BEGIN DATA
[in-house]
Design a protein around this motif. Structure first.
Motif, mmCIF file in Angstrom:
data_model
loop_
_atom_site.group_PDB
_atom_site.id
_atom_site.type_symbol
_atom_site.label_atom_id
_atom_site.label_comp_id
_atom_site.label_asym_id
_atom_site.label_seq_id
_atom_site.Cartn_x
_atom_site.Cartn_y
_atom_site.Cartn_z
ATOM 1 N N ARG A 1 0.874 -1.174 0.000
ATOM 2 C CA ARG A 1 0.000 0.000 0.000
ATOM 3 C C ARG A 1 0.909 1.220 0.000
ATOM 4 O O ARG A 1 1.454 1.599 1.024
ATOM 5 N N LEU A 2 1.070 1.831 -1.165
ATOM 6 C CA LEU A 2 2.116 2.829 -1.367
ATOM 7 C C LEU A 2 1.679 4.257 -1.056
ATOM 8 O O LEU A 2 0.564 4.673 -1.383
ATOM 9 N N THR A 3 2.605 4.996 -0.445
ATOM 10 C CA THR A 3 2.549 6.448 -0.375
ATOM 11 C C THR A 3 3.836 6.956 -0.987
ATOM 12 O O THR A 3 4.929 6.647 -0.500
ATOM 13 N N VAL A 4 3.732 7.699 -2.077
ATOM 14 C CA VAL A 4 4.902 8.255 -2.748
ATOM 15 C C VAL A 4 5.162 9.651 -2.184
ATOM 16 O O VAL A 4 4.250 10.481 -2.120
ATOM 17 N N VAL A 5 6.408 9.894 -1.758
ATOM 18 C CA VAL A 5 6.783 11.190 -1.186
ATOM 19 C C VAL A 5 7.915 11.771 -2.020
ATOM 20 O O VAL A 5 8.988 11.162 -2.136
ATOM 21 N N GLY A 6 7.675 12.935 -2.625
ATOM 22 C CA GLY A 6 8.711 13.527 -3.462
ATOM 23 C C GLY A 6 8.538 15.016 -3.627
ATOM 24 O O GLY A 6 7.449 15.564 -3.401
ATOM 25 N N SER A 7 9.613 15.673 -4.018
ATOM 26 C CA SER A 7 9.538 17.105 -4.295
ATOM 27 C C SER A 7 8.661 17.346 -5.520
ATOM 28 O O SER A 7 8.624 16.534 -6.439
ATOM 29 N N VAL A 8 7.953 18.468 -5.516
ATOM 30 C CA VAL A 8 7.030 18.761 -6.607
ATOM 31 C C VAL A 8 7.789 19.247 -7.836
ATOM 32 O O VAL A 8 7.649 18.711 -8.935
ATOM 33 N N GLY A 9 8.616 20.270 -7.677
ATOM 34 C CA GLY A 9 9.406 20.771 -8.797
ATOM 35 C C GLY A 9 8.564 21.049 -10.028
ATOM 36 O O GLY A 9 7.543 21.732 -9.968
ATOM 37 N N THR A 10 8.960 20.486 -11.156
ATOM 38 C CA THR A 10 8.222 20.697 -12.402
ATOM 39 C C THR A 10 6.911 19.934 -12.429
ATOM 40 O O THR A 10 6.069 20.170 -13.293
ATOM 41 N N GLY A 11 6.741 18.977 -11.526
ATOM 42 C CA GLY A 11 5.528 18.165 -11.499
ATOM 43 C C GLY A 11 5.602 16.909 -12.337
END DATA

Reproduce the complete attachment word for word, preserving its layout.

[in-house]
Design a protein around this motif. Structure first.
Motif, mmCIF file in Angstrom:
data_model
loop_
_atom_site.group_PDB
_atom_site.id
_atom_site.type_symbol
_atom_site.label_atom_id
_atom_site.label_comp_id
_atom_site.label_asym_id
_atom_site.label_seq_id
_atom_site.Cartn_x
_atom_site.Cartn_y
_atom_site.Cartn_z
ATOM 1 N N ARG A 1 0.874 -1.174 0.000
ATOM 2 C CA ARG A 1 0.000 0.000 0.000
ATOM 3 C C ARG A 1 0.909 1.220 0.000
ATOM 4 O O ARG A 1 1.454 1.599 1.024
ATOM 5 N N LEU A 2 1.070 1.831 -1.165
ATOM 6 C CA LEU A 2 2.116 2.829 -1.367
ATOM 7 C C LEU A 2 1.679 4.257 -1.056
ATOM 8 O O LEU A 2 0.564 4.673 -1.383
ATOM 9 N N THR A 3 2.605 4.996 -0.445
ATOM 10 C CA THR A 3 2.549 6.448 -0.375
ATOM 11 C C THR A 3 3.836 6.956 -0.987
ATOM 12 O O THR A 3 4.929 6.647 -0.500
ATOM 13 N N VAL A 4 3.732 7.699 -2.077
ATOM 14 C CA VAL A 4 4.902 8.255 -2.748
ATOM 15 C C VAL A 4 5.162 9.651 -2.184
ATOM 16 O O VAL A 4 4.250 10.481 -2.120
ATOM 17 N N VAL A 5 6.408 9.894 -1.758
ATOM 18 C CA VAL A 5 6.783 11.190 -1.186
ATOM 19 C C VAL A 5 7.915 11.771 -2.020
ATOM 20 O O VAL A 5 8.988 11.162 -2.136
ATOM 21 N N GLY A 6 7.675 12.935 -2.625
ATOM 22 C CA GLY A 6 8.711 13.527 -3.462
ATOM 23 C C GLY A 6 8.538 15.016 -3.627
ATOM 24 O O GLY A 6 7.449 15.564 -3.401
ATOM 25 N N SER A 7 9.613 15.673 -4.018
ATOM 26 C CA SER A 7 9.538 17.105 -4.295
ATOM 27 C C SER A 7 8.661 17.346 -5.520
ATOM 28 O O SER A 7 8.624 16.534 -6.439
ATOM 29 N N VAL A 8 7.953 18.468 -5.516
ATOM 30 C CA VAL A 8 7.030 18.761 -6.607
ATOM 31 C C VAL A 8 7.789 19.247 -7.836
ATOM 32 O O VAL A 8 7.649 18.711 -8.935
ATOM 33 N N GLY A 9 8.616 20.270 -7.677
ATOM 34 C CA GLY A 9 9.406 20.771 -8.797
ATOM 35 C C GLY A 9 8.564 21.049 -10.028
ATOM 36 O O GLY A 9 7.543 21.732 -9.968
ATOM 37 N N THR A 10 8.960 20.486 -11.156
ATOM 38 C CA THR A 10 8.222 20.697 -12.402
ATOM 39 C C THR A 10 6.911 19.934 -12.429
ATOM 40 O O THR A 10 6.069 20.170 -13.293
ATOM 41 N N GLY A 11 6.741 18.977 -11.526
ATOM 42 C CA GLY A 11 5.528 18.165 -11.499
ATOM 43 C C GLY A 11 5.602 16.909 -12.337